Return to My Lai

In 1968 Charlie Company went on a rampage

The story of My Lai is well known: On the morning of March 16, 1968, a company of U.S. soldiers killed as many as 500 unarmed Vietnamese civilians in My Lai, a village in South Vietnam.

The military tried to cover up the massacre but the story eventually came out. One of those in charge, Lt. William Calley, was convicted of premeditated murder and served six years in prison.

One facet of this story is not so well known: the massacre was halted by three brave Americans soldiers. Correspondent Mike Wallace revisits a story he first reported in 1969.

Last year Wallace returned to My Lai with two of the men, Hugh Thompson and Larry Colburn. (Glenn Andreotta was killed in action in Vietnam just three weeks after the My Lai massacre.)

On March 16, 1968, chopper pilot Thompson and his crew, Colburn and Andreotta were flying low over the Vietnamese jungle, trying to draw enemy fire to protect U.S. troops on the ground. Then they saw something that they say made them ashamed.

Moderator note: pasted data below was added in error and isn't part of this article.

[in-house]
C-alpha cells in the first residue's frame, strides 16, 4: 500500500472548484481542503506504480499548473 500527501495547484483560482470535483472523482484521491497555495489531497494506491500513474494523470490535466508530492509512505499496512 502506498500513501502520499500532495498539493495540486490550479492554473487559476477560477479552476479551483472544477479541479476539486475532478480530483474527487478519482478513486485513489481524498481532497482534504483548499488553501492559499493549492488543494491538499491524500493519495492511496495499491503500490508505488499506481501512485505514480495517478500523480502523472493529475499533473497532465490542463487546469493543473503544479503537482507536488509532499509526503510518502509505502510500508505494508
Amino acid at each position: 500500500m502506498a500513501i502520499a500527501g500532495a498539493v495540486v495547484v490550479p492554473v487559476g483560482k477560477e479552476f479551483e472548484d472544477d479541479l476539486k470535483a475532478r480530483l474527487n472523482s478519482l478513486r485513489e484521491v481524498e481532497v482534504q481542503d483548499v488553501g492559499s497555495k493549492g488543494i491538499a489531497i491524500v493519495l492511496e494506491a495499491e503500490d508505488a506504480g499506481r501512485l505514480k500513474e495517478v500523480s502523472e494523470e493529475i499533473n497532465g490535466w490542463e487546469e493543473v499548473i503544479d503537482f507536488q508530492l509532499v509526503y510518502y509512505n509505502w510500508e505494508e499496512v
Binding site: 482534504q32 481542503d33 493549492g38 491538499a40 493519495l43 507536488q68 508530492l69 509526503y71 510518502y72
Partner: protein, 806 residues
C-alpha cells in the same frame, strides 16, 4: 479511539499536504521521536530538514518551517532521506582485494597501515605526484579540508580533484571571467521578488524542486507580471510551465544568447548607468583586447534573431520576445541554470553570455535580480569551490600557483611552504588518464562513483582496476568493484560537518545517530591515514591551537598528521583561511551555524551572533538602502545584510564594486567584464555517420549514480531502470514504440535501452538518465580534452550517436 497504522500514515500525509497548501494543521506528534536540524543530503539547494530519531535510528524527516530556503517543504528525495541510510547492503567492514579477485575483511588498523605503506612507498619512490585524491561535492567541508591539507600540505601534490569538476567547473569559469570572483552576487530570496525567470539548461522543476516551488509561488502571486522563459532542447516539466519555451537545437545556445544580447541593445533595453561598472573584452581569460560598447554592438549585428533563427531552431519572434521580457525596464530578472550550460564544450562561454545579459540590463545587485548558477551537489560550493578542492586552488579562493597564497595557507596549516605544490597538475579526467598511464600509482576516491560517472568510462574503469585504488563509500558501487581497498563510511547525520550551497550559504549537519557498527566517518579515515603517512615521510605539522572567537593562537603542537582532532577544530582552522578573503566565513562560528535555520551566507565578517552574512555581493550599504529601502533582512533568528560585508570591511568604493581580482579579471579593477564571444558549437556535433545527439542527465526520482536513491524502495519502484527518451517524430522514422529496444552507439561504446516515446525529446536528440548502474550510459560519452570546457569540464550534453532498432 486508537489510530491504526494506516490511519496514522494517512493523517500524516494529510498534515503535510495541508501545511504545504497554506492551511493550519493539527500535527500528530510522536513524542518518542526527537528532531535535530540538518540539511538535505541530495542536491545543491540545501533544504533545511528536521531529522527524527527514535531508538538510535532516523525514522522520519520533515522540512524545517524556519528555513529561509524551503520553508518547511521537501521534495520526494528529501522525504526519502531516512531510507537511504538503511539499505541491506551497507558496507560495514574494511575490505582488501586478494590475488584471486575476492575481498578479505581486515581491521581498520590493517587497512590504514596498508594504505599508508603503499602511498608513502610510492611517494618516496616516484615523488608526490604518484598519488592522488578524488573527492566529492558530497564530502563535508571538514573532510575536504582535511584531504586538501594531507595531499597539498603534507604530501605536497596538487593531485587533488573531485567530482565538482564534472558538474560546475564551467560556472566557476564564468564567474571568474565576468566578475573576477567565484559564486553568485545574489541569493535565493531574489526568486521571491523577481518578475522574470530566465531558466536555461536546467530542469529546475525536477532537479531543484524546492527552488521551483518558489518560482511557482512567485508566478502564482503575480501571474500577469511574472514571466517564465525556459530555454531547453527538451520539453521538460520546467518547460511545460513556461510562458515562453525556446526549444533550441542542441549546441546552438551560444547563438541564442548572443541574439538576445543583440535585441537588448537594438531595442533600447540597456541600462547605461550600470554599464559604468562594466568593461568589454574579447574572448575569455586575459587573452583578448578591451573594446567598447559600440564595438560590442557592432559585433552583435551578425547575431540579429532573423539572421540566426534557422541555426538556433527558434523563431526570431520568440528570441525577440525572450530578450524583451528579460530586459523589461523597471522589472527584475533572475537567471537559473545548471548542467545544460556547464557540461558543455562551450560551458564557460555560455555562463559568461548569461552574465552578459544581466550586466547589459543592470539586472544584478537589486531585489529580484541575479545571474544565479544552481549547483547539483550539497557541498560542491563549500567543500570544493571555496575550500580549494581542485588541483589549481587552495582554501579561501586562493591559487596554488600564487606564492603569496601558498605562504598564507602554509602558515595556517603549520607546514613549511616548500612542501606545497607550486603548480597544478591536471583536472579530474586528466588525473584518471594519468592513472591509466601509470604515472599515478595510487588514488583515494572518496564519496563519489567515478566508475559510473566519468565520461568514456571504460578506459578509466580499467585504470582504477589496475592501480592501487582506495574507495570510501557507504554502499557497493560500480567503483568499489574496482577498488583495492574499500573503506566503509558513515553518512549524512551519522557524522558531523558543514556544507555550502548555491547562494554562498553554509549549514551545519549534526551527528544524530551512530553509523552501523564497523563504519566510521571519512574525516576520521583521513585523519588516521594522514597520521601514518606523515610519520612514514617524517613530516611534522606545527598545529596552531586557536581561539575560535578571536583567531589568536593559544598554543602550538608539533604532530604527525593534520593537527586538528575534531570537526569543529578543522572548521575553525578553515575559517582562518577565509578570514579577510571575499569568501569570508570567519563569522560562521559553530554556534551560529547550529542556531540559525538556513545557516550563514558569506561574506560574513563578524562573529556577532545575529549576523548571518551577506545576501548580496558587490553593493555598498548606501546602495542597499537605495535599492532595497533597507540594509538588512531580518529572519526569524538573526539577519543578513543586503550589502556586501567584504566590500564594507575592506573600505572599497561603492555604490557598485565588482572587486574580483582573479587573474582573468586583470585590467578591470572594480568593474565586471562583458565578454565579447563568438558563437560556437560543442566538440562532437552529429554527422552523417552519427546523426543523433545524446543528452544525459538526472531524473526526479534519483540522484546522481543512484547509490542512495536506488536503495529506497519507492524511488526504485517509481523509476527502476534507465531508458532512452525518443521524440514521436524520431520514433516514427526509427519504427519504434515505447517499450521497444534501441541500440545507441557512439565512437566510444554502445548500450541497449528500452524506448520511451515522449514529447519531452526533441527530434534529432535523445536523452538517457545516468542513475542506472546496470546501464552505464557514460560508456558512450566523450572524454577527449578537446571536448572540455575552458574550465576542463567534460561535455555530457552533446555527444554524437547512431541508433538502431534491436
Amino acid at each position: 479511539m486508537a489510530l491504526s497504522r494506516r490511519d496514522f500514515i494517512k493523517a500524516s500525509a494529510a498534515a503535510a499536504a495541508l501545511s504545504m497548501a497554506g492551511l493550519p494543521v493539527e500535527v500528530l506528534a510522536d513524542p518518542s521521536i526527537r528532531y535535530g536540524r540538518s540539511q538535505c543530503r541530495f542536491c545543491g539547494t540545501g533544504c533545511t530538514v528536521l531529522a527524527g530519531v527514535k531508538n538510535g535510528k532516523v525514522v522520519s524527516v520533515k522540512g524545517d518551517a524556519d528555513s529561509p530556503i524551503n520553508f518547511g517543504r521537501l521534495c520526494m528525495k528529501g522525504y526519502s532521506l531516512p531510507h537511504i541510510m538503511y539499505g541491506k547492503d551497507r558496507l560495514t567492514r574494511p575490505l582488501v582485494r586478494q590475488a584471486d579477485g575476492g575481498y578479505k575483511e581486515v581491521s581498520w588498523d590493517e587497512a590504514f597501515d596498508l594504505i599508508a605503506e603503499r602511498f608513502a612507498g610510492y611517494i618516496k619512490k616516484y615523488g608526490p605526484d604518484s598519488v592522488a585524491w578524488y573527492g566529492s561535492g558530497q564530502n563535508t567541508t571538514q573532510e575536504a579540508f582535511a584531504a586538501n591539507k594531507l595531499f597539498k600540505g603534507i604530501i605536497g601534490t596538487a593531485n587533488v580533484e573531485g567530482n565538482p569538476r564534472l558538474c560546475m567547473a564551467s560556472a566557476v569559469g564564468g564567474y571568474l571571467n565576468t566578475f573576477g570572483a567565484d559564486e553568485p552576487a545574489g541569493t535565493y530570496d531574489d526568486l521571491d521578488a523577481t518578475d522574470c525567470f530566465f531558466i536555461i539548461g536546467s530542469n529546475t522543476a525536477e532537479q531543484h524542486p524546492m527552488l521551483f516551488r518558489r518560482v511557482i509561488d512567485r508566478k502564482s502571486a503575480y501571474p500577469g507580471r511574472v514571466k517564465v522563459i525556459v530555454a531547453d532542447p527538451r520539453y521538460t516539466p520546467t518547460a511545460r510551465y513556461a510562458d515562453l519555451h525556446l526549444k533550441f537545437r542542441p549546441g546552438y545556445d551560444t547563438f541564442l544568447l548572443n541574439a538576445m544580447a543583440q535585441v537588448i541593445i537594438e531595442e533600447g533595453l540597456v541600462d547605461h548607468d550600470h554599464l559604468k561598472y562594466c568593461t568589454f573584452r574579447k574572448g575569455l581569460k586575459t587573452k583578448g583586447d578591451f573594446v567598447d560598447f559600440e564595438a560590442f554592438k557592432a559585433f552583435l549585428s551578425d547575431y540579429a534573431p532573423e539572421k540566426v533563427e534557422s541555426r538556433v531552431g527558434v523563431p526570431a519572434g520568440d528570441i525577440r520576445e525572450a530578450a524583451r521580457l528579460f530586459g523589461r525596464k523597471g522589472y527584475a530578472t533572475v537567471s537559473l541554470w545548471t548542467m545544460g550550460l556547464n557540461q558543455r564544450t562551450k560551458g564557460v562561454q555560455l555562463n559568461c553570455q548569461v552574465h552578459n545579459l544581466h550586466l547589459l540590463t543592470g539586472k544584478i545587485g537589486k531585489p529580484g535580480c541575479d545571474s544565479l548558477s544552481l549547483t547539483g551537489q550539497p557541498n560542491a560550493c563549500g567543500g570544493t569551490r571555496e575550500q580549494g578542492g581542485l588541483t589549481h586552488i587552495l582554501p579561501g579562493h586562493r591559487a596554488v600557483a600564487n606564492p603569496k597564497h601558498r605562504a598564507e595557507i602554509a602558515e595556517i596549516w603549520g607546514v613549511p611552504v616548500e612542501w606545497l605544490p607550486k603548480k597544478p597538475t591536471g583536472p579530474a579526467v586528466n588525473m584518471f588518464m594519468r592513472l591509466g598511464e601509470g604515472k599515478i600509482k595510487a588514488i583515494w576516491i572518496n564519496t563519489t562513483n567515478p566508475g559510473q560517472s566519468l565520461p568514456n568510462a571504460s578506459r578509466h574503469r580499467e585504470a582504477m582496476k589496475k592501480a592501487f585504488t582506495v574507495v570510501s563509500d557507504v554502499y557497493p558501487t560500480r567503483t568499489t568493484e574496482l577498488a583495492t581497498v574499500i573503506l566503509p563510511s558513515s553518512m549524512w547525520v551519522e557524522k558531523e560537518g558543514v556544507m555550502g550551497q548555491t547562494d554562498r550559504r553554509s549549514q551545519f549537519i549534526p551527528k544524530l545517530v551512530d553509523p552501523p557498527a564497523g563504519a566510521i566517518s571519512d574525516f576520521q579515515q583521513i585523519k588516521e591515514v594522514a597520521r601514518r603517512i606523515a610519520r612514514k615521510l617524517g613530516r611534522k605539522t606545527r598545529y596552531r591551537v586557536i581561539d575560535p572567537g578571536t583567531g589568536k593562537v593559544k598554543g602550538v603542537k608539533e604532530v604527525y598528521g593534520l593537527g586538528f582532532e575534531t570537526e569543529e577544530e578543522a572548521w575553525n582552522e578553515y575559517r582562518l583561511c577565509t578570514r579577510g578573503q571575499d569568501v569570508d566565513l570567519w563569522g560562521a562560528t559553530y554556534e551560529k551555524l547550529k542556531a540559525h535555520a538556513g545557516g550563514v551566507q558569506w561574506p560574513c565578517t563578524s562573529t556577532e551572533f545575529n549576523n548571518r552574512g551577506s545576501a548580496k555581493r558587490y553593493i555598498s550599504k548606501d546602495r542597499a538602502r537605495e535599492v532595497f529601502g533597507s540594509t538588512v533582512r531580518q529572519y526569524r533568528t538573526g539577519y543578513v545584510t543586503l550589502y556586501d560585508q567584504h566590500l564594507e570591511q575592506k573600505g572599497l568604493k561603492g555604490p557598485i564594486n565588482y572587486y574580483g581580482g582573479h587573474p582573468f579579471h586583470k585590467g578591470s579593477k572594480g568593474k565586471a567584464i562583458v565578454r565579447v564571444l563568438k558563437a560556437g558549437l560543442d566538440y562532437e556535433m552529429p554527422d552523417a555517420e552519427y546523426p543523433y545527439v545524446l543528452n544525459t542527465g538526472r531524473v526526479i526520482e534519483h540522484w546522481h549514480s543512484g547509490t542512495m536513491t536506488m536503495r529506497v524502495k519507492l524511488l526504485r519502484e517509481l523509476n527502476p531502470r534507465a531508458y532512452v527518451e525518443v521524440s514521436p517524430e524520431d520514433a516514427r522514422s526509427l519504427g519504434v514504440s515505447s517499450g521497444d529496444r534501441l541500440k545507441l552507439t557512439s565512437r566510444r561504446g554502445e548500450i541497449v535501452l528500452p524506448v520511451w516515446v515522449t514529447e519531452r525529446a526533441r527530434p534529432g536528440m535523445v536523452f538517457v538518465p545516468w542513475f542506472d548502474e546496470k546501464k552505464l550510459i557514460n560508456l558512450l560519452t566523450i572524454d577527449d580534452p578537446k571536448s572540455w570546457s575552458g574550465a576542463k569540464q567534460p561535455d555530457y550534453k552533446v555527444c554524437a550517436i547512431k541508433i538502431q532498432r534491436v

U.S. troops were rounding up civilians and burning down huts. Then their leaders ordered them to line up the terrified villagers - "gooks," "dinks" or "slopes," they were called - and shoot them down in cold blood. The killing went on for four hours.

At that point, Thompson landed his helicopter nearby and ordered Colburn to train his machine gun on his fellow U.S. soldiers. Had they not intervened, even more would have died.

Last year, walking along the ditch where the original events happened more than 30 years ago, Thompson and Colburn talked about what they had seen as their chopper hovered just above ground.

"One hundred seventy people were marched down in there," Thompson said, pointing to a water-filled ditch. "Women, old men, babies. And GIs stood up on the side with their weapons on full automatic and machine-gun fire."

As the chopper hovered, Andreotta saw a young child still alive in a ditch filled with dead bodies, Colburn said. "Glenn without hesitation went into the ditch and waded over to the child….The people [in the ditch] were still, they were dying, they weren't all dead. And Glenn got to the child and picked him up," Colburn said.

Thompson remembered that he thought at that moment he had a son the same age.

As Thompson was recalling the horrors of that day, an elderly woman walked toward them. She said she had been dumped in the ditch back in 1968, but had survived, shielded by the bodies of the dead and dying. Thompson grasped her hand and apologized that he didn't help her that day.